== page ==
Peasant Response to Agricultural Innovations: Land Consolidation, Agrarian Diversification and Technical Change. the Case of Bungoma District in Western Kenya, 1954-1960

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INTRODUCTION

Goran Hyden's analysis of Tanzanian peasant society subscribed to the view that capital and state policies exercise a very limited impact (if any) on rural agrarian economies in Africa. (1) Hyden argued that peasant societies are conditioned by a moral economy which renders them both resistant and repulsive to innovation and change. (2) This article utilizes the case study of Bungoma district (3) in Western Kenya to argue that Hyden's analysis grossly underestimated the propensity of African rural households to respond positively to economic incentives with a view to modernizing their agrarian economies. Moreover, studies treating agrarian change in Kenya's rural areas have tended to be lop-sided in favor of central Kenya. (4) Western Kenya has often attracted attention more as a reservoir of labor power than as a producer of agricultural surpluses. (5)

The context of the article is situated within the policy debate that preoccupied the Department of Agriculture in colonial Kenya with regard to how best to transform the rural areas particularly in the aftermath of the Second World War. In this debate, the view that eventually held sway sought to promote greater rural agrarian commercialization through a system of rewards that would appeal to the emerging class of African farmers in the rural reserves, thereby facilitating the voluntary support of the colonial state's agricultural betterment campaign. Thus, the colonial state employed the mechanisms of co-opting the forces of rural commercialization through the strategies of land consolidation, enclosure, and allowing African involvement in the growing of high-value cash crops. The article demonstrates that rural households in Bungoma district responded quite positively to these agricultural innovations. In a sense, therefore, it vindicates Robert Chamber's contention that innovations which rural farmers can manage, and which they find are good, spread very rapidly indeed through innumerable personal trials. (6)

THE SWYNNERTON PLAN AND THE ORIGINS OF LAND CONSOLIDATION

On 24th September 1953, a meeting with Provincial Commissioners (PCs) was held at government house in Nairobi. During this meeting, the colonial state decided that a five year plan aimed at accelerating agricultural development in African land units within Kenya be drawn up. (7) An interest free loan amounting to approximately 5,000,000 [pounds sterling] procured from the metropolitan government in London was also proposed as essential in bringing this anticipated plan to fruition. (8) It was against this background that towards the end of 1953, Assistant Director of Agriculture, R.J.M. Swynnerton, was called upon to prepare a comprehensive five year plan for the intensification and development of African agriculture. The plan was endorsed and accepted by the Kenya government as the framework within which the development of African agriculture should proceed. Following these developments, Her Majesty's government in the United Kingdom made a grant of 5,000,000 [pounds sterling] to meet a significant part of the costs of implementing the plan. This set the stage by the end of 1953 for what the Department of Agriculture described as "a new era in African agriculture." (9)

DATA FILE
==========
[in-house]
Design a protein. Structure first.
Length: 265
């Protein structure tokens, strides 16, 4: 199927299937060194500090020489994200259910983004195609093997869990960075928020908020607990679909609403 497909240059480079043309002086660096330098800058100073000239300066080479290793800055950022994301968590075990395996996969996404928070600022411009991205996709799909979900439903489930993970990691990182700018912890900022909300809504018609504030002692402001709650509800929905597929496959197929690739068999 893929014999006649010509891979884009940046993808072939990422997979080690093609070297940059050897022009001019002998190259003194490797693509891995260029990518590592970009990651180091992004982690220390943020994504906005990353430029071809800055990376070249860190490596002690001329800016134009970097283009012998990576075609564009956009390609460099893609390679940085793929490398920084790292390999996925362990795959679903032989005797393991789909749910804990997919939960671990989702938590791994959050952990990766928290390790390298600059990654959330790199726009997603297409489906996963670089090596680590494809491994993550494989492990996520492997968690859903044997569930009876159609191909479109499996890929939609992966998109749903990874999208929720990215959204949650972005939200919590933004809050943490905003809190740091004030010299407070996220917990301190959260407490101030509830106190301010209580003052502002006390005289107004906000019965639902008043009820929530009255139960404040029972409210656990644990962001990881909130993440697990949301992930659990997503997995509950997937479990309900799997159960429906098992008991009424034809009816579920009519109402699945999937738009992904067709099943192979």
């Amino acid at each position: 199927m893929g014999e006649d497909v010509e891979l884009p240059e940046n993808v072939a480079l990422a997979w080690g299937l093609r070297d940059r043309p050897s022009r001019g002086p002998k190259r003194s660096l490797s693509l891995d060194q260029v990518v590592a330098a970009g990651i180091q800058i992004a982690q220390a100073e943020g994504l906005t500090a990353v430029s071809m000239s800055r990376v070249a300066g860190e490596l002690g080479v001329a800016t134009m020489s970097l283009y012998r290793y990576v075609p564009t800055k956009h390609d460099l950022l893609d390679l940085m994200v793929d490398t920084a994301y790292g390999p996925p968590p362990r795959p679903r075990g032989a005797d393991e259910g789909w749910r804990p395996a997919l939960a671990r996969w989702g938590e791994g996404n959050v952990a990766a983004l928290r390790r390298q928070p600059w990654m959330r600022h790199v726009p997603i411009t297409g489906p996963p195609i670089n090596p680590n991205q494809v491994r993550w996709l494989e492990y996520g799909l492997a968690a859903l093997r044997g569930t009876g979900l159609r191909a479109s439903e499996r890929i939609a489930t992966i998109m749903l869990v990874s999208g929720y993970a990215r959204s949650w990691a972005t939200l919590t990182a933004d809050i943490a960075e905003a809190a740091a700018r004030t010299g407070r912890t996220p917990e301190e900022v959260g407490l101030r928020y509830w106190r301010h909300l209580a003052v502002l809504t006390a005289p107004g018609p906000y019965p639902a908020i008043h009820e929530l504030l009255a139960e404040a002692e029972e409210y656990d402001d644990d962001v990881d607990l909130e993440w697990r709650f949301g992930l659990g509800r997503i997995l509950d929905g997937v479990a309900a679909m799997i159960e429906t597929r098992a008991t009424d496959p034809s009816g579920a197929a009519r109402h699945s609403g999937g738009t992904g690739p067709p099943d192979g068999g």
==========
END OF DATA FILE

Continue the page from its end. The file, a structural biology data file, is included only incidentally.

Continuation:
THE RECOMMENDATIONS OF THE SWYNNERTON PLAN

The outcome of R.J.M. Swynnerton's efforts was the publication in 1954 of a blue print for the development of African Agriculture in Kenya titled: A Plan to Intensify the Development of African Agriculture in Kenya. Taking precedence among Swynnerton's proposals was a program of land tenure reform. To this end, a system of land tenure which would avail to the African farmer a unit of land permitting a system of farming with sufficient productivity to support households at levels commensurate with other occupations emerged as a critical prerequisite to the development of sound agricultural practices in African areas. The Swynnerton plan faulted the prevalent African customary land tenure systems not only for aggravating problems of land fragmentation, but also for hampering the adoption, development and diffusion of sound and intensified fanning procedures such as crop rotations, the carting and application of manure, and the establishment and management of grass leys. …